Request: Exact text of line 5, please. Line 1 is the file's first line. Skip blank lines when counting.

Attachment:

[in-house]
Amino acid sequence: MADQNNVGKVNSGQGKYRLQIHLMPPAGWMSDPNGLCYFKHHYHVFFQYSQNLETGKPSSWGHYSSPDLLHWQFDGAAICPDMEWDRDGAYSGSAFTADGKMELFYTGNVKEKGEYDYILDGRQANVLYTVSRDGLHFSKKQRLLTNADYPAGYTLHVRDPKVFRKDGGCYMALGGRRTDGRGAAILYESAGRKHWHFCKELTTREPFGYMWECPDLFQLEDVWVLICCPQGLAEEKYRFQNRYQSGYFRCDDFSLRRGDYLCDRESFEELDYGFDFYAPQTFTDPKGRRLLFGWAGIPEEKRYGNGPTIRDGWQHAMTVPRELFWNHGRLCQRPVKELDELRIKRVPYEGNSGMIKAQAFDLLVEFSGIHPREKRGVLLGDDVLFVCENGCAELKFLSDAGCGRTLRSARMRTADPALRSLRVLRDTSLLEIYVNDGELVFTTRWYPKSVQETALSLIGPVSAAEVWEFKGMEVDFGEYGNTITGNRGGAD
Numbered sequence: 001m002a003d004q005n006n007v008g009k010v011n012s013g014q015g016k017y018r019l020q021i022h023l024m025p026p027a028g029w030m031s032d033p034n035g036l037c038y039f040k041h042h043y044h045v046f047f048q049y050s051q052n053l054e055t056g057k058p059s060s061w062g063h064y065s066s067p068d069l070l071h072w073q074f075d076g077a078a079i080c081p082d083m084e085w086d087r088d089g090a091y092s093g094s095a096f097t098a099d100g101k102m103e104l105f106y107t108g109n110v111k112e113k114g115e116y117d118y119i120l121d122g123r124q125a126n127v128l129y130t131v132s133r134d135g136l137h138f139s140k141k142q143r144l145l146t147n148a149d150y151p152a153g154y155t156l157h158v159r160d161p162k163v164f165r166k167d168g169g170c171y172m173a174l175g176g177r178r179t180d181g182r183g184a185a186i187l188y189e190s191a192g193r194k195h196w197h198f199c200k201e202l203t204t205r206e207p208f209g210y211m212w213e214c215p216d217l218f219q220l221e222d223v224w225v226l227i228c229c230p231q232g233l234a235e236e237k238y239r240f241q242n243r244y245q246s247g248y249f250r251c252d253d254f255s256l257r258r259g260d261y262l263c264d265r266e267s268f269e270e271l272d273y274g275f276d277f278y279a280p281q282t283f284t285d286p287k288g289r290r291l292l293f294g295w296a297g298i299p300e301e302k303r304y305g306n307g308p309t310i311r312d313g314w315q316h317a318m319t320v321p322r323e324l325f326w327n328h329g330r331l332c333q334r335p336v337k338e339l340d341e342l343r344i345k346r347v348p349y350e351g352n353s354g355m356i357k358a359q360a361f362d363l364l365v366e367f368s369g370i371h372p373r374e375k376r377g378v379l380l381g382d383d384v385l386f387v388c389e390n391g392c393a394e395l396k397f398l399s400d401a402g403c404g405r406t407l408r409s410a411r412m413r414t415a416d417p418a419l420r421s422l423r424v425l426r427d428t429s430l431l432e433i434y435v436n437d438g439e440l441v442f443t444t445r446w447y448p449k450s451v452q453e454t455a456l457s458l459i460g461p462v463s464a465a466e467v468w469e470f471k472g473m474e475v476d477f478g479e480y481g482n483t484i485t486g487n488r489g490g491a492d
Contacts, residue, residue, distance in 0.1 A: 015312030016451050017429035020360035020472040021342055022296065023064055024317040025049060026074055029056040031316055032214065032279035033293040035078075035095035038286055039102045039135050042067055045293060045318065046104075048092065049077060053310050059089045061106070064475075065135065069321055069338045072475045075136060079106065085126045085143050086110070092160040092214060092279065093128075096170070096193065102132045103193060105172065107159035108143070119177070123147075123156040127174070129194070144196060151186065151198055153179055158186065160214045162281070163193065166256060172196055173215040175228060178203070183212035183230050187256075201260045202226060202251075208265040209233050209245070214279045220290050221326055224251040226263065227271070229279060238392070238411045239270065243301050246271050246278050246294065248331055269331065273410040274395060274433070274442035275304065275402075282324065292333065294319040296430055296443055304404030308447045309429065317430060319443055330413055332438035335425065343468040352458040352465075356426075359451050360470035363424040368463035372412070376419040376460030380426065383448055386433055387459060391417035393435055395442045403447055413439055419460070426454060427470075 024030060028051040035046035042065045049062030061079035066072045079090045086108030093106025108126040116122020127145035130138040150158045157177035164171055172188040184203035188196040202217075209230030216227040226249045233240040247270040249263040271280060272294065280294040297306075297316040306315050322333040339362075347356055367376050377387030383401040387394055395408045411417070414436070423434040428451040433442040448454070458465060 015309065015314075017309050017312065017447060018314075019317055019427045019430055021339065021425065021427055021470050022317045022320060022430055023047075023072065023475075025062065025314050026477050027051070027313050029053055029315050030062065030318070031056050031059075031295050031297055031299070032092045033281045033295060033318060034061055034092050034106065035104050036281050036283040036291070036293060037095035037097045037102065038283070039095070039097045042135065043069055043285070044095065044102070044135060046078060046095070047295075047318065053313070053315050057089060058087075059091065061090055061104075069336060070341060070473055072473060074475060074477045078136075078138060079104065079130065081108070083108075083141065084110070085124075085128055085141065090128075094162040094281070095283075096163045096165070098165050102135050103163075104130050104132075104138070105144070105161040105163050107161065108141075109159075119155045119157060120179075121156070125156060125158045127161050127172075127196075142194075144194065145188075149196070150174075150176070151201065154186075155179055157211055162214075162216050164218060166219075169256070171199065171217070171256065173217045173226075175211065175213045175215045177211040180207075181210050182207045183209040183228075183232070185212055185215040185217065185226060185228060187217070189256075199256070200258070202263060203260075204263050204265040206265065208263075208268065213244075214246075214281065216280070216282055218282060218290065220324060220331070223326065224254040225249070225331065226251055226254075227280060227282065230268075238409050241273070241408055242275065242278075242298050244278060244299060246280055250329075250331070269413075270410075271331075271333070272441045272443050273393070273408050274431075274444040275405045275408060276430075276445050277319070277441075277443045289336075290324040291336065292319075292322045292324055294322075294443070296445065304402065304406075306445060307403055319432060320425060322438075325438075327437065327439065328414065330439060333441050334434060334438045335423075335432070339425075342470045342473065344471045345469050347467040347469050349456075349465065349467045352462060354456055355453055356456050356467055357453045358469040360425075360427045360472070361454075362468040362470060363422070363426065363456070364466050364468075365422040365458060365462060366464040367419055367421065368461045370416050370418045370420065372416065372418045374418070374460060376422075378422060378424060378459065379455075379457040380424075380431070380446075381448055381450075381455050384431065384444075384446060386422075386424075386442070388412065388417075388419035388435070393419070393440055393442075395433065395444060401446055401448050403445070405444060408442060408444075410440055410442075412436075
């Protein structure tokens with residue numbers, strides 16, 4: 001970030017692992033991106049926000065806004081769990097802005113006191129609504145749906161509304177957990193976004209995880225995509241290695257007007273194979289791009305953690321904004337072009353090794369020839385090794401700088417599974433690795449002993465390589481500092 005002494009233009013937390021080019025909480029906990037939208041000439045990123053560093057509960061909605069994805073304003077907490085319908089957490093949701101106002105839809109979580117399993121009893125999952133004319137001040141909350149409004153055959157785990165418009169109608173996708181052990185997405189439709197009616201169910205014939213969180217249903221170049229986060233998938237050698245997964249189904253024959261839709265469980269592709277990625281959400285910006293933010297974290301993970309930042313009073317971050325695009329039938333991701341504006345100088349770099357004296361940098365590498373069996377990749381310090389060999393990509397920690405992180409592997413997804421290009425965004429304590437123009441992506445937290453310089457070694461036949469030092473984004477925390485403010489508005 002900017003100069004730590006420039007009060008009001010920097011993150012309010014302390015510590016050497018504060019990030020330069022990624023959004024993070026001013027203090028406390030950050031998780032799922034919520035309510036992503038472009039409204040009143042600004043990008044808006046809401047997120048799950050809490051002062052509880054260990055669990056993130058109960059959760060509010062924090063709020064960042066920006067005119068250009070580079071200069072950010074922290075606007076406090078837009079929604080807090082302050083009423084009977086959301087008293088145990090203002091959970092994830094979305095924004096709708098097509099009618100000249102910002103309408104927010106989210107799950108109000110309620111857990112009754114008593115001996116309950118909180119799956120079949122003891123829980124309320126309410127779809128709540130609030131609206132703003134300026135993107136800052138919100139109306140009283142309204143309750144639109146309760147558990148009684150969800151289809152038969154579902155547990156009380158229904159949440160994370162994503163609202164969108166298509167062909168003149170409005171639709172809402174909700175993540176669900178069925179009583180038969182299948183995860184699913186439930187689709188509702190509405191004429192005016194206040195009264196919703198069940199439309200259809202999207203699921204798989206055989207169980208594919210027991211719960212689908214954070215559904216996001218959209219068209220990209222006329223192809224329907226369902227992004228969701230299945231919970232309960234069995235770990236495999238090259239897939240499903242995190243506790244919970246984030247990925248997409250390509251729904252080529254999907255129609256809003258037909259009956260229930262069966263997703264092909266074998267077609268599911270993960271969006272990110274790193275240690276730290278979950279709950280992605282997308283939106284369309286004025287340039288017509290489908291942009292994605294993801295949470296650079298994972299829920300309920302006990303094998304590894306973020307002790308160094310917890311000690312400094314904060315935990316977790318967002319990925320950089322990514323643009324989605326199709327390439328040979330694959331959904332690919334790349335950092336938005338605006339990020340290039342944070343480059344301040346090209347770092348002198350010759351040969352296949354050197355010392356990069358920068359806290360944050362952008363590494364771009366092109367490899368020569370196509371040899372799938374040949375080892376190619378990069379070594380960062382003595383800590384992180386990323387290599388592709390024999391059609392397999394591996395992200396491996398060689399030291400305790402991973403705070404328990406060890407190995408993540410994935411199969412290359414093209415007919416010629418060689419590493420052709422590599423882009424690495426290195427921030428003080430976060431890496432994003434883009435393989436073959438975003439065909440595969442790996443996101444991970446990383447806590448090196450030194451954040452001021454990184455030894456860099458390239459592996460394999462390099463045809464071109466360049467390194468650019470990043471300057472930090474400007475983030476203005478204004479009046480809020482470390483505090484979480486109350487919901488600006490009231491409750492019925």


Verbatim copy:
């Protein structure tokens with residue numbers, strides 16, 4: 001970030017692992033991106049926000065806004081769990097802005113006191129609504145749906161509304177957990193976004209995880225995509241290695257007007273194979289791009305953690321904004337072009353090794369020839385090794401700088417599974433690795449002993465390589481500092 005002494009233009013937390021080019025909480029906990037939208041000439045990123053560093057509960061909605069994805073304003077907490085319908089957490093949701101106002105839809109979580117399993121009893125999952133004319137001040141909350149409004153055959157785990165418009169109608173996708181052990185997405189439709197009616201169910205014939213969180217249903221170049229986060233998938237050698245997964249189904253024959261839709265469980269592709277990625281959400285910006293933010297974290301993970309930042313009073317971050325695009329039938333991701341504006345100088349770099357004296361940098365590498373069996377990749381310090389060999393990509397920690405992180409592997413997804421290009425965004429304590437123009441992506445937290453310089457070694461036949469030092473984004477925390485403010489508005 002900017003100069004730590006420039007009060008009001010920097011993150012309010014302390015510590016050497018504060019990030020330069022990624023959004024993070026001013027203090028406390030950050031998780032799922034919520035309510036992503038472009039409204040009143042600004043990008044808006046809401047997120048799950050809490051002062052509880054260990055669990056993130058109960059959760060509010062924090063709020064960042066920006067005119068250009070580079071200069072950010074922290075606007076406090078837009079929604080807090082302050083009423084009977086959301087008293088145990090203002091959970092994830094979305095924004096709708098097509099009618100000249102910002103309408104927010106989210107799950108109000110309620111857990112009754114008593115001996116309950118909180119799956120079949122003891123829980124309320126309410127779809128709540130609030131609206132703003134300026135993107136800052138919100139109306140009283142309204143309750144639109146309760147558990148009684150969800151289809152038969154579902155547990156009380158229904159949440160994370162994503163609202164969108166298509167062909168003149170409005171639709172809402174909700175993540176669900178069925179009583180038969182299948183995860184699913186439930187689709188509702190509405191004429192005016194206040195009264196919703198069940199439309200259809202999207203699921204798989206055989207169980208594919210027991211719960212689908214954070215559904216996001218959209219068209220990209222006329223192809224329907226369902227992004228969701230299945231919970232309960234069995235770990236495999238090259239897939240499903242995190243506790244919970246984030247990925248997409250390509251729904252080529254999907255129609256809003258037909259009956260229930262069966263997703264092909266074998267077609268599911270993960271969006272990110274790193275240690276730290278979950279709950280992605282997308283939106284369309286004025287340039288017509290489908291942009292994605294993801295949470296650079298994972299829920300309920302006990303094998304590894306973020307002790308160094310917890311000690312400094314904060315935990316977790318967002319990925320950089322990514323643009324989605326199709327390439328040979330694959331959904332690919334790349335950092336938005338605006339990020340290039342944070343480059344301040346090209347770092348002198350010759351040969352296949354050197355010392356990069358920068359806290360944050362952008363590494364771009366092109367490899368020569370196509371040899372799938374040949375080892376190619378990069379070594380960062382003595383800590384992180386990323387290599388592709390024999391059609392397999394591996395992200396491996398060689399030291400305790402991973403705070404328990406060890407190995408993540410994935411199969412290359414093209415007919416010629418060689419590493420052709422590599423882009424690495426290195427921030428003080430976060431890496432994003434883009435393989436073959438975003439065909440595969442790996443996101444991970446990383447806590448090196450030194451954040452001021454990184455030894456860099458390239459592996460394999462390099463045809464071109466360049467390194468650019470990043471300057472930090474400007475983030476203005478204004479009046480809020482470390483505090484979480486109350487919901488600006490009231491409750492019925």